Reunion & Mauritius – Enjoy The Best Of Both Paradises!

With its tropical beaches lapped by the Indian Ocean and rugged hinterland of forest-cloaked mountains, the island of Réunion is nicknamed ‘the Hawaii of the southern hemisphere’.

The topography of this perfectly formed holiday getaway is extraordinary, including a still-active volcano, Piton de la Fournaise, with wrinkly lava fields reaching the sea and three inhabited volcanic craters or cirques, their steep rock walls riddled with gullies and gnarly peaks.

Réunion volcan

Volcan

Adding some adventure to lazy hours of lounging on the white- and black-sand beaches, you can hike to the rim of le volcan (the volcano) or drive the twisting pass up the amphitheatre of Cirque de Cilaos. Thanks to this dramatic scenery, 40% of the 2500-sq-km island is a UNESCO World Heritage Site.

Easy Access

For South Africans attracted by the Réunionaise cocktail of activities, sunbathing and culture, Air Austral now flies direct from Johannesburg every Wednesday, Friday and Sunday. The flight takes just four hours, and tickets including connecting flights from several South African cities are available.

What’s more, South Africans don’t need a visa to visit this multicultural island, where Creole, African, Indian, Chinese and French influences mingle like shoppers at the colourful markets.

Réunion Coucher de soleil

Coucher de soleil

In the capital Saint-Denis, the diverse architecture left by centuries of immigrants includes religious buildings from a Catholic cathedral to a Buddhist pagoda; Creole mansions with trademark filigree-adorned verandas; and the grand Préfecture, formerly a coffee warehouse and the French East India Company headquarters.

The many museums cover subjects from traditional Indian Ocean musical instruments to the 19th-century sugar and coffee plantations, offering insights into an island colonised by France in the 1600s and occupied by Britain during the Napoleonic Wars.

Culinary Isle

In such a sensory place, where pineapples and mangoes fill the markets and ice cubes clink beneath the palms, eating is a pleasurable route to the heart of Réunionaise culture. Feast on fresh marlin, swordfish, tuna and sushi in beachfront restaurants; try home-cooked, rainbow-coloured Creole dishes such as cari curries in cosy guesthouse restaurants; fill that gap with croissants and cakes from the bakeries; and dine in style on contemporary interpretations of traditional dishes, from trout flambé to lobster ravioli. The island’s story is told by the mix of spices from Madagascar, India, China and beyond, the French culinary sophistication and the exotic ingredients.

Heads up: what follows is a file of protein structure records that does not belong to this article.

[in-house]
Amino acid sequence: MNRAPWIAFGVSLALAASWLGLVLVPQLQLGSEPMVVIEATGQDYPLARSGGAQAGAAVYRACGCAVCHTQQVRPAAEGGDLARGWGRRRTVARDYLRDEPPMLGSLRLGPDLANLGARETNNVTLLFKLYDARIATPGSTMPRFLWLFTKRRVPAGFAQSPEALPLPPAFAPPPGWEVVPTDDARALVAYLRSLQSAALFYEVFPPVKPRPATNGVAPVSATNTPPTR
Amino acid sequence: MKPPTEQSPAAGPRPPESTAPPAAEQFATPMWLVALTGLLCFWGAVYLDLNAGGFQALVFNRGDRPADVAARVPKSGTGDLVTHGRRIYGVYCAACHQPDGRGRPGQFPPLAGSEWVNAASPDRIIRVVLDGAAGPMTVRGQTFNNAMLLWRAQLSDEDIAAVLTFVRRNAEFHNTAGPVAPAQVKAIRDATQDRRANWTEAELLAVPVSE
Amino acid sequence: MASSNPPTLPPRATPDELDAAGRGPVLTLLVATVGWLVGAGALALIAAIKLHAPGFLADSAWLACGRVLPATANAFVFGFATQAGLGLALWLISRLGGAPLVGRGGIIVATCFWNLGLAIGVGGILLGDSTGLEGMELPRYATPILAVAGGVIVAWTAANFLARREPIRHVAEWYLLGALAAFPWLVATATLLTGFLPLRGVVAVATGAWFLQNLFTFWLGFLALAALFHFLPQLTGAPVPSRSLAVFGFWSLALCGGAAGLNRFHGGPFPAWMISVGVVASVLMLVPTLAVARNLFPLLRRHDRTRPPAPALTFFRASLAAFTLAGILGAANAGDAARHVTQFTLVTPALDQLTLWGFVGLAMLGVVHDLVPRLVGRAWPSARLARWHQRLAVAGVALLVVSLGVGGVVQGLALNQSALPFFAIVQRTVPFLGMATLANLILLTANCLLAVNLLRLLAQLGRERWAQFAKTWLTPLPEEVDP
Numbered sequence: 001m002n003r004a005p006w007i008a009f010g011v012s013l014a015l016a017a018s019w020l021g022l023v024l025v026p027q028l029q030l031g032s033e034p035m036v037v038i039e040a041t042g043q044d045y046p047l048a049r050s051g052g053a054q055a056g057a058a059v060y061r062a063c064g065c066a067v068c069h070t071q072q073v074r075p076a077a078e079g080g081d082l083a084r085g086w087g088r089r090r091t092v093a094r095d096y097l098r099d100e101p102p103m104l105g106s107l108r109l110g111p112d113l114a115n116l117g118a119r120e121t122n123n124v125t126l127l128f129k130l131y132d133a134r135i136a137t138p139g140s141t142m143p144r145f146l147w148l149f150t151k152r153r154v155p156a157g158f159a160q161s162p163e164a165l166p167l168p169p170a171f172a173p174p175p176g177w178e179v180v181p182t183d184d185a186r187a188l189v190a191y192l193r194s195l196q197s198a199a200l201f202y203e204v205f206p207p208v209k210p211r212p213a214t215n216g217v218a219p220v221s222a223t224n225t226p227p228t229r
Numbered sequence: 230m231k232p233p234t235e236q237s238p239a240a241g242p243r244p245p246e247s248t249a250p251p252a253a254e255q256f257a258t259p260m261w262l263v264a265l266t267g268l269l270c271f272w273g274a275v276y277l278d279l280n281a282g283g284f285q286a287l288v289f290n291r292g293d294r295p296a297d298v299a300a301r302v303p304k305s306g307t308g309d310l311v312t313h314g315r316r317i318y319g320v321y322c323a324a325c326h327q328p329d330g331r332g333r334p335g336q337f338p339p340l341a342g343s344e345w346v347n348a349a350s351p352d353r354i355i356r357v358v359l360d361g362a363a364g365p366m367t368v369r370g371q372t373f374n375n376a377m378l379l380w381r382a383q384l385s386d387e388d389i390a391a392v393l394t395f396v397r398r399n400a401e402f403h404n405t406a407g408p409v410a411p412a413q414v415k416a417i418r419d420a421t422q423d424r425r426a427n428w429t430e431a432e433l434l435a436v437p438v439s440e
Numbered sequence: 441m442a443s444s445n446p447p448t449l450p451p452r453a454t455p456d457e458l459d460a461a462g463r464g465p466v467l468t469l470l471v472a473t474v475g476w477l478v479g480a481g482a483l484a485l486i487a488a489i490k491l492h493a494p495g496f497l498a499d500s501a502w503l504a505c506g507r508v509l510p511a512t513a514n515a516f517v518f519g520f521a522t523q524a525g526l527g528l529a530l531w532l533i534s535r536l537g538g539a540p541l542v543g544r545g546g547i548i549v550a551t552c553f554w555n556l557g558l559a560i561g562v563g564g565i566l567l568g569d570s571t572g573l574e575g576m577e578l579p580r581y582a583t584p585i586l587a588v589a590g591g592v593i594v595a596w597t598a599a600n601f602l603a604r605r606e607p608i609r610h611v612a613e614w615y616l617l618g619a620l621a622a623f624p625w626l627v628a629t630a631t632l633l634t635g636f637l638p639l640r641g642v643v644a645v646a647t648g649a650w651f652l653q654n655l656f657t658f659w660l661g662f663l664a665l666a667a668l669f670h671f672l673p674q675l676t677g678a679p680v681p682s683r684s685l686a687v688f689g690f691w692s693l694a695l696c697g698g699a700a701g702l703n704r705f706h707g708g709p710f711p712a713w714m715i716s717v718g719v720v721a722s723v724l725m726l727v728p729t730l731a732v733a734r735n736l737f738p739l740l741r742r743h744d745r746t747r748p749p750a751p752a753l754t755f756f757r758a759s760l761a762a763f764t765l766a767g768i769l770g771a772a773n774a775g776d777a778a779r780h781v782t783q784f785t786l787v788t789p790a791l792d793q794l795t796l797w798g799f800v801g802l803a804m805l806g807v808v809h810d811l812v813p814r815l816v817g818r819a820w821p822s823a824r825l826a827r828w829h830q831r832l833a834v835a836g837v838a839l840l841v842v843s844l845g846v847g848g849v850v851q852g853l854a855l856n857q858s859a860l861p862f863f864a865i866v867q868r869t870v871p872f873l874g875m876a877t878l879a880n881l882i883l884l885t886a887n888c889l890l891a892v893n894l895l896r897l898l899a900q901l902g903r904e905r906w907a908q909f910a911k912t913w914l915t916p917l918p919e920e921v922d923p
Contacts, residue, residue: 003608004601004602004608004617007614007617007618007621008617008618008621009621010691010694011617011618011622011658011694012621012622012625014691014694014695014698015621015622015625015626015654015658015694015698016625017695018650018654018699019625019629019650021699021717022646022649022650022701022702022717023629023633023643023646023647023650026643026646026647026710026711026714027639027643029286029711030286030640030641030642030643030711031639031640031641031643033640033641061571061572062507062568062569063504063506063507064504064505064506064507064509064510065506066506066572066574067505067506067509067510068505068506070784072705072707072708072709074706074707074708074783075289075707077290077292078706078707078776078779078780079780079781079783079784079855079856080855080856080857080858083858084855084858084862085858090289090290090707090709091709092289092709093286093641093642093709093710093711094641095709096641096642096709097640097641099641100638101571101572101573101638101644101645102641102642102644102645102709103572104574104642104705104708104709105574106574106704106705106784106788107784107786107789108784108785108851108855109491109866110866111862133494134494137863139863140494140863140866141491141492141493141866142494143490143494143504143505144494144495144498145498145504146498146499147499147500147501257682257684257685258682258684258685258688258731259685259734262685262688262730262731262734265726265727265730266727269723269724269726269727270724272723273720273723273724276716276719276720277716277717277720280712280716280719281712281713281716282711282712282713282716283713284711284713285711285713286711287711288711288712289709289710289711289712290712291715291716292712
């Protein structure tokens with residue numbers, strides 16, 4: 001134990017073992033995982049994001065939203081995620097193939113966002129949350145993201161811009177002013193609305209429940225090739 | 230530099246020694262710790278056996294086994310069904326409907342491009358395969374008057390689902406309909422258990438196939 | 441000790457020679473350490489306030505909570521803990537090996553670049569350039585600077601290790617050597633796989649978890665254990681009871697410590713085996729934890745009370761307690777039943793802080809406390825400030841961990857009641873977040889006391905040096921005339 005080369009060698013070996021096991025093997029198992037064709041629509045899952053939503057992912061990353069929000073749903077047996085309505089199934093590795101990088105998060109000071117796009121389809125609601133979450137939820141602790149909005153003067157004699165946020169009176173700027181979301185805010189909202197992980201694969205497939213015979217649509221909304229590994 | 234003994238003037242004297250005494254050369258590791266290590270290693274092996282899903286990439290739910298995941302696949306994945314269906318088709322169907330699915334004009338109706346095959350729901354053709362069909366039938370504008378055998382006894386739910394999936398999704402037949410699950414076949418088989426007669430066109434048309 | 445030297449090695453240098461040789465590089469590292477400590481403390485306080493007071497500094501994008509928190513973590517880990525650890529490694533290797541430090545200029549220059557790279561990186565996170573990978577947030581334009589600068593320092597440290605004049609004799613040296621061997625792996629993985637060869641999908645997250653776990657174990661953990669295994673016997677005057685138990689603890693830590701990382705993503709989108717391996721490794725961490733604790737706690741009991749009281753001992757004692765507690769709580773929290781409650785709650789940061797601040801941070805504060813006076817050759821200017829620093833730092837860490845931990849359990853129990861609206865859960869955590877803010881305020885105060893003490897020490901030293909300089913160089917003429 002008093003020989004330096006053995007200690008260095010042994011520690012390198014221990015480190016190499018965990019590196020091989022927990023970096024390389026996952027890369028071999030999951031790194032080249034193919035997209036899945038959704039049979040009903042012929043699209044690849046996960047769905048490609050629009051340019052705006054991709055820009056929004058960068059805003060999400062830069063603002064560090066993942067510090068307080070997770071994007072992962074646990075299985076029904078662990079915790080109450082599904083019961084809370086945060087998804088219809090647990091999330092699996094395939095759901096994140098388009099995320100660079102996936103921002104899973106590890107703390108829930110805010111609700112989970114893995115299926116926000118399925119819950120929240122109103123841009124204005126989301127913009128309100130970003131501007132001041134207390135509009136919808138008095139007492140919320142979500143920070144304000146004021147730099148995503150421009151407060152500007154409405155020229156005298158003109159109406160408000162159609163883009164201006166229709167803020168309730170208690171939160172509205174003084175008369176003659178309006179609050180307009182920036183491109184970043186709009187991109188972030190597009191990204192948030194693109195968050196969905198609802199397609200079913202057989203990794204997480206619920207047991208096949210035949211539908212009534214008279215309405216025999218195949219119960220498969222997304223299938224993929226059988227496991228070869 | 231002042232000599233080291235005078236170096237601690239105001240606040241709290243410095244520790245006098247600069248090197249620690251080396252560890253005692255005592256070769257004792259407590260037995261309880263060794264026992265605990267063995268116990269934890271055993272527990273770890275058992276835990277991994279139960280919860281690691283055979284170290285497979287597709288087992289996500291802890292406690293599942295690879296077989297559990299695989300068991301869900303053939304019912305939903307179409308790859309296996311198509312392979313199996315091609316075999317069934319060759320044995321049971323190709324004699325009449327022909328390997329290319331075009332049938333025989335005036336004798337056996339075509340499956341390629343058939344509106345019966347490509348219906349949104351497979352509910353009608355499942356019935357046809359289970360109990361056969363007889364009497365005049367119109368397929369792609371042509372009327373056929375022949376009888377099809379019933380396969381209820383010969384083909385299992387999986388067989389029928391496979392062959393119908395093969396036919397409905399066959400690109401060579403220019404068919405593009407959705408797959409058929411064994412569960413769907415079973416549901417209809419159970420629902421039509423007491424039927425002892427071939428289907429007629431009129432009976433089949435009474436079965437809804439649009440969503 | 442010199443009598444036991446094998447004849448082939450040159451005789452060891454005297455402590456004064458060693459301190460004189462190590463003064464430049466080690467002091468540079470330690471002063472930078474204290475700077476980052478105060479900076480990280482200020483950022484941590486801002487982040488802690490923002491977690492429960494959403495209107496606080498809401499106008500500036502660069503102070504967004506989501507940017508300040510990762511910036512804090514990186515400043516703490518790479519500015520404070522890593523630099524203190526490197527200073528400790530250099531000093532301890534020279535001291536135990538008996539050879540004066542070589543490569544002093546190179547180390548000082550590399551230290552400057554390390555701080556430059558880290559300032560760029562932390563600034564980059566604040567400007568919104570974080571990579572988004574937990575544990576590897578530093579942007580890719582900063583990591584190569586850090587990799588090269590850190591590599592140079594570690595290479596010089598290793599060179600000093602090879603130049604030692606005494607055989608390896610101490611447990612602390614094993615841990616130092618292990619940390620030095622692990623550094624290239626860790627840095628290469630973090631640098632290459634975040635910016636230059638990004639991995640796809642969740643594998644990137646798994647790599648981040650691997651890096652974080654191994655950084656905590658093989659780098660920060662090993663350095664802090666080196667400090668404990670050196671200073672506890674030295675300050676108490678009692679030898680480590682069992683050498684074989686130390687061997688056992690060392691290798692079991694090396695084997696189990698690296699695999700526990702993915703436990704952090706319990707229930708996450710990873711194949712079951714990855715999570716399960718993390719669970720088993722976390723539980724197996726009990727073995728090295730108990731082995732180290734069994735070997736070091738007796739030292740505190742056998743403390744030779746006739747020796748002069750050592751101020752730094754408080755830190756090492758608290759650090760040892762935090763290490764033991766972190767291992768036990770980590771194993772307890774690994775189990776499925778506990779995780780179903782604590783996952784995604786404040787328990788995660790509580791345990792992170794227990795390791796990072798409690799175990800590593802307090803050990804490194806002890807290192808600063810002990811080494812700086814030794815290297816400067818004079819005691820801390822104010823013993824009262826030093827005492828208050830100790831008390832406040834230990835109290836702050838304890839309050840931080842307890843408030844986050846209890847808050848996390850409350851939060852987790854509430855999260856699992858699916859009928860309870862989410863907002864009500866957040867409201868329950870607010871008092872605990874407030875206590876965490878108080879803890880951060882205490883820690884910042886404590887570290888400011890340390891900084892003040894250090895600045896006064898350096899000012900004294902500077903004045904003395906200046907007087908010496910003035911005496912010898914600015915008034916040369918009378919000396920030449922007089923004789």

Réunion Plats Rougail saucisse

Plats Rougail saucisse

Plus there’s more – combine Réunion with Mauritius

Seamless Air Austral connections from Réunion to nearby Mauritius – another visa-free destination for South Africans – give sun seekers a holiday double bill. Mauritius is justly famous for its dazzling sapphire waters and luxurious beach resorts, where you can dive to the coral reef, kitesurf, sea kayak, and glide across the lagoon by boat.

On dry land, sample Creole cuisine and seafood such as the popular octopus salad, wander the tropical orchards of Château de Labourdonnais, and hike old-growth forests in the Black River Gorges National Park – home to the endemic Mauritian kestrel and pink parrot. Adding to sights like Triolet’s 19th-century Hindu temple and Grand Bay’s shopping and party credentials, Mauritius is building a reputation for adventure activities including zip-lining, sea-karting and electric mountain biking.

Our Readers Comments

  1. Is it the same price to fly to both destinations and just stop off at Reunion on our way to Mauritius? We intend going to visit family after Easter?

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